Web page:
Sherlock Holmes’ younger sister has grown up in the country, raised by her single mother and away from her famous siblings Mycroft and Sherlock. After the disappearance of her free-thinking mother, she escapes Mycroft’s attempts to make her socially acceptable — and less of an embarrassment to him, a government official — to travel to London in search of the missing Holmes family matriarch.
On the way she gets embroiled, like Holmes family members tend to do, in the case of a missing aristocrat, has her brothers trying to find her, for various reasons, and is slowly stumbling across the plot her mother has gotten herself into.
The movie paints a fine picture of how the Victorian upper class felt about its “good graces” and how much it doesn’t want the proverbial boat rocked. There is very clear view of how women are expected to behave, and any girl not meeting that cliché needs to be corrected.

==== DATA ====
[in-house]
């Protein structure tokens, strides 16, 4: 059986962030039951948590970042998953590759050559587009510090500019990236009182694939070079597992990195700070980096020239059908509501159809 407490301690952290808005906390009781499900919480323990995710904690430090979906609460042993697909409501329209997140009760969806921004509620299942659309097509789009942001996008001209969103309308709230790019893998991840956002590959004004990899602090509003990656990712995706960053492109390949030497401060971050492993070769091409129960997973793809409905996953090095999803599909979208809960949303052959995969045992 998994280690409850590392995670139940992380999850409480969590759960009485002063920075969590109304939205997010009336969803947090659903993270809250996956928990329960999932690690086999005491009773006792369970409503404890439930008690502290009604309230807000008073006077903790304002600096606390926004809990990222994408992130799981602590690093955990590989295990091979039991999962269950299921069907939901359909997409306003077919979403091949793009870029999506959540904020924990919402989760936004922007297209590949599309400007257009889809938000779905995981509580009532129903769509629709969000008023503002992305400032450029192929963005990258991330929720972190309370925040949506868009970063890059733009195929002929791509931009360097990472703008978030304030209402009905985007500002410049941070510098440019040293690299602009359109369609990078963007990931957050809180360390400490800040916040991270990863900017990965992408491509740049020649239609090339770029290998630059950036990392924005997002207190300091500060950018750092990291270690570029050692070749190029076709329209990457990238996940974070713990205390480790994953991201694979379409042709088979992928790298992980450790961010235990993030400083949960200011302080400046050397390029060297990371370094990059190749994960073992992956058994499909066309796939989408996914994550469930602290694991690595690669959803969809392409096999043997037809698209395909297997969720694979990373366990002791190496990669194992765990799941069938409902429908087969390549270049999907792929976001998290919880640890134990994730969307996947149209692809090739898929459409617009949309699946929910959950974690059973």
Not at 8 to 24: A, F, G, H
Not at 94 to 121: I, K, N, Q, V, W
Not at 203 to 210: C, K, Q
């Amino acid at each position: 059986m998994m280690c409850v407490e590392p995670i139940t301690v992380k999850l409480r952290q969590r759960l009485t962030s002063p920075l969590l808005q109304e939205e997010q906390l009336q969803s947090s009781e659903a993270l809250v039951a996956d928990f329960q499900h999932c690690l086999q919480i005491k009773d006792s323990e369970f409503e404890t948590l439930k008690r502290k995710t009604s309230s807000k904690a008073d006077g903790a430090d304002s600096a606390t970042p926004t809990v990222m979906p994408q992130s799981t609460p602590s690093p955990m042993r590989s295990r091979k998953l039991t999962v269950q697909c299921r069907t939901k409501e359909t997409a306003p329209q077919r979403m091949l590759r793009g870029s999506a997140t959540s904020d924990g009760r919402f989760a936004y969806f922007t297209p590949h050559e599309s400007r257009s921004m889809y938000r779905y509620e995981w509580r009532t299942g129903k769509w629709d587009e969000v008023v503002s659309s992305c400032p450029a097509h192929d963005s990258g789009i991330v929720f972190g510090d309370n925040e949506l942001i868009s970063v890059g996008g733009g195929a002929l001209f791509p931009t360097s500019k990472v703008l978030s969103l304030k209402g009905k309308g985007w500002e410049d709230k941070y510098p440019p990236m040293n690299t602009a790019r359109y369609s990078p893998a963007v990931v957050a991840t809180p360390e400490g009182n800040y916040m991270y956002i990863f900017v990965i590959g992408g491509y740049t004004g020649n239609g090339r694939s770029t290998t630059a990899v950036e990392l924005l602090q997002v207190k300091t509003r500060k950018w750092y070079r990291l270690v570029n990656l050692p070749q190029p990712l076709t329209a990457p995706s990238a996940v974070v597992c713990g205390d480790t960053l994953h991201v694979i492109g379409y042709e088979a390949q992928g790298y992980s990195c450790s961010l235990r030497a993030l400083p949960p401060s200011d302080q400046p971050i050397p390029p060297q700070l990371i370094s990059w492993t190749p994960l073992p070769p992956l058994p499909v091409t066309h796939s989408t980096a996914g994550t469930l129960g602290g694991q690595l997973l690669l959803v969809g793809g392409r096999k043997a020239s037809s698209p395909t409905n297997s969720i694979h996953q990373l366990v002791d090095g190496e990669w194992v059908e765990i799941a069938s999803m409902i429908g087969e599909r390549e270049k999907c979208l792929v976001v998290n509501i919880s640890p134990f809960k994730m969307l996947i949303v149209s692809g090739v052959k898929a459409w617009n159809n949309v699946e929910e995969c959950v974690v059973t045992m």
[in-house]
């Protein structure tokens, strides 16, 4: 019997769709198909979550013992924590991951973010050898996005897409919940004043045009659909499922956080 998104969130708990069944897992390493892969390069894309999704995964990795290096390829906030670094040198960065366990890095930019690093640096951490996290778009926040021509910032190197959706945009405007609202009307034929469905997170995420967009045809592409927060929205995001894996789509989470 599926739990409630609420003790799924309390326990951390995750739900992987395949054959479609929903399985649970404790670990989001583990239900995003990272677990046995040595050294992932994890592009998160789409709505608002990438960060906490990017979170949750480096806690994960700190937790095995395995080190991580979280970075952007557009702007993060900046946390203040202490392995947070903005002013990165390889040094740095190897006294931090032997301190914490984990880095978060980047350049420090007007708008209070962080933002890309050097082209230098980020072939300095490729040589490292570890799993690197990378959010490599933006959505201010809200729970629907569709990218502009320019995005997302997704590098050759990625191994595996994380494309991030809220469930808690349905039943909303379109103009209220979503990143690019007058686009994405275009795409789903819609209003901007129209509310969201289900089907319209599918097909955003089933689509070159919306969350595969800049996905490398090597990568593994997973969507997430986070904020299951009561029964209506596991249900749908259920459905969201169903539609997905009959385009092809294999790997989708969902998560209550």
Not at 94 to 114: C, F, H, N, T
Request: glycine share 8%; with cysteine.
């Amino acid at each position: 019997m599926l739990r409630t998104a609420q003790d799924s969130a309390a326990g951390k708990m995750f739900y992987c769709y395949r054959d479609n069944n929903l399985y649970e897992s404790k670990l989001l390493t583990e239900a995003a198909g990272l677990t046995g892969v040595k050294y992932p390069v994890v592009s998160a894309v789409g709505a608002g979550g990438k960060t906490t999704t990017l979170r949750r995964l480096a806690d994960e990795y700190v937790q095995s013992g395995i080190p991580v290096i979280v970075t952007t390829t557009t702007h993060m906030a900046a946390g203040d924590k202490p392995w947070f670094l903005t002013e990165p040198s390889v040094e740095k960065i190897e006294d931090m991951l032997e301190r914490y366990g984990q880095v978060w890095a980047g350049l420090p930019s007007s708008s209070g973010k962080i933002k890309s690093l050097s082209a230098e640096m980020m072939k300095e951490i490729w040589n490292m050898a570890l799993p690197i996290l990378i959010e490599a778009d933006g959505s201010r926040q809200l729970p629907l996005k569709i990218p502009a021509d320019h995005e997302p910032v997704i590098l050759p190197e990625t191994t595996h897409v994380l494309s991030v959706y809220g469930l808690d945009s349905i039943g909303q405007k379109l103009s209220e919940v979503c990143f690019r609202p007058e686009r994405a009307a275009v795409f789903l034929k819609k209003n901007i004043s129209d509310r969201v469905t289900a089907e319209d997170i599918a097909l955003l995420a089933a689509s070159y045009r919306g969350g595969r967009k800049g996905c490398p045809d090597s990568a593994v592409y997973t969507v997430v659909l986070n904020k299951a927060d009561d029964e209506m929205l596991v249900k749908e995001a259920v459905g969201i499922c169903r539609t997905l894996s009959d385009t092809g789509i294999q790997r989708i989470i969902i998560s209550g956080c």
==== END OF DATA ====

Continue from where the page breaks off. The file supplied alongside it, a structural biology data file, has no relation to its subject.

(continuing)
But this was also the time of the suffragettes. Women are starting to fight back.
Which makes Enola Holmes more interesting than your average Sherlock Holmes flick, but not to the point where it’s no longer fun. The movie doesn’t preach, but it does occasionally make you think.
Millie Bobby Brown does a great job portraying Enola Holmes. Henry Cavill, of Superman and The Man from U.N.C.L.E (our review here) fame, stars as her older brother, Sherlock.
If you like detective stories, enjoy Sherlock Holmes and have Netflix, this is worth the two hours!